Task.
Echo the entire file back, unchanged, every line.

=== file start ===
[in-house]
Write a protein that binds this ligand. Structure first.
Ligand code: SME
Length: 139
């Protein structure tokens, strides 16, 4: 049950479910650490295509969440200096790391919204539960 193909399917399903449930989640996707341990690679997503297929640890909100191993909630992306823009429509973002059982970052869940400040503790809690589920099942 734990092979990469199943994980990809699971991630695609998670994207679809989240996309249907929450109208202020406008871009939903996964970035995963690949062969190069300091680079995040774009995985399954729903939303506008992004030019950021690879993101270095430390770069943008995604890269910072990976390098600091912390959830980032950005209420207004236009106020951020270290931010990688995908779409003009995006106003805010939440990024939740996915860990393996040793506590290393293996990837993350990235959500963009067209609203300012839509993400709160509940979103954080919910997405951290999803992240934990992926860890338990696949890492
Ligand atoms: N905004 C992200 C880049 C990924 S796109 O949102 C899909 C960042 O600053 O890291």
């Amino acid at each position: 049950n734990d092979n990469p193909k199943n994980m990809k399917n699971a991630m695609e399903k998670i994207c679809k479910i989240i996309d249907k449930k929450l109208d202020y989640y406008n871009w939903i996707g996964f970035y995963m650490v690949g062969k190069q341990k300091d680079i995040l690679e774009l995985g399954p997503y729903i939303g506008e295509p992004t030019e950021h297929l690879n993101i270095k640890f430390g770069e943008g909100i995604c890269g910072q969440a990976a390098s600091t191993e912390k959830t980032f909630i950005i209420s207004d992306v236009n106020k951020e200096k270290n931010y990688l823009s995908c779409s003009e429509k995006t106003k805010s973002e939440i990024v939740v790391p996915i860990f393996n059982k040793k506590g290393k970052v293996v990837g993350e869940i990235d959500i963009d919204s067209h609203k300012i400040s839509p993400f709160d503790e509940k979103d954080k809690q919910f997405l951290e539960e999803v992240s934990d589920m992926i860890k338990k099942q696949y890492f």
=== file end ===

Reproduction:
[in-house]
Write a protein that binds this ligand. Structure first.
Ligand code: SME
Length: 139
């Protein structure tokens, strides 16, 4: 049950479910650490295509969440200096790391919204539960 193909399917399903449930989640996707341990690679997503297929640890909100191993909630992306823009429509973002059982970052869940400040503790809690589920099942 734990092979990469199943994980990809699971991630695609998670994207679809989240996309249907929450109208202020406008871009939903996964970035995963690949062969190069300091680079995040774009995985399954729903939303506008992004030019950021690879993101270095430390770069943008995604890269910072990976390098600091912390959830980032950005209420207004236009106020951020270290931010990688995908779409003009995006106003805010939440990024939740996915860990393996040793506590290393293996990837993350990235959500963009067209609203300012839509993400709160509940979103954080919910997405951290999803992240934990992926860890338990696949890492
Ligand atoms: N905004 C992200 C880049 C990924 S796109 O949102 C899909 C960042 O600053 O890291």
């Amino acid at each position: 049950n734990d092979n990469p193909k199943n994980m990809k399917n699971a991630m695609e399903k998670i994207c679809k479910i989240i996309d249907k449930k929450l109208d202020y989640y406008n871009w939903i996707g996964f970035y995963m650490v690949g062969k190069q341990k300091d680079i995040l690679e774009l995985g399954p997503y729903i939303g506008e295509p992004t030019e950021h297929l690879n993101i270095k640890f430390g770069e943008g909100i995604c890269g910072q969440a990976a390098s600091t191993e912390k959830t980032f909630i950005i209420s207004d992306v236009n106020k951020e200096k270290n931010y990688l823009s995908c779409s003009e429509k995006t106003k805010s973002e939440i990024v939740v790391p996915i860990f393996n059982k040793k506590g290393k970052v293996v990837g993350e869940i990235d959500i963009d919204s067209h609203k300012i400040s839509p993400f709160d503790e509940k979103d954080k809690q919910f997405l951290e539960e999803v992240s934990d589920m992926i860890k338990k099942q696949y890492f």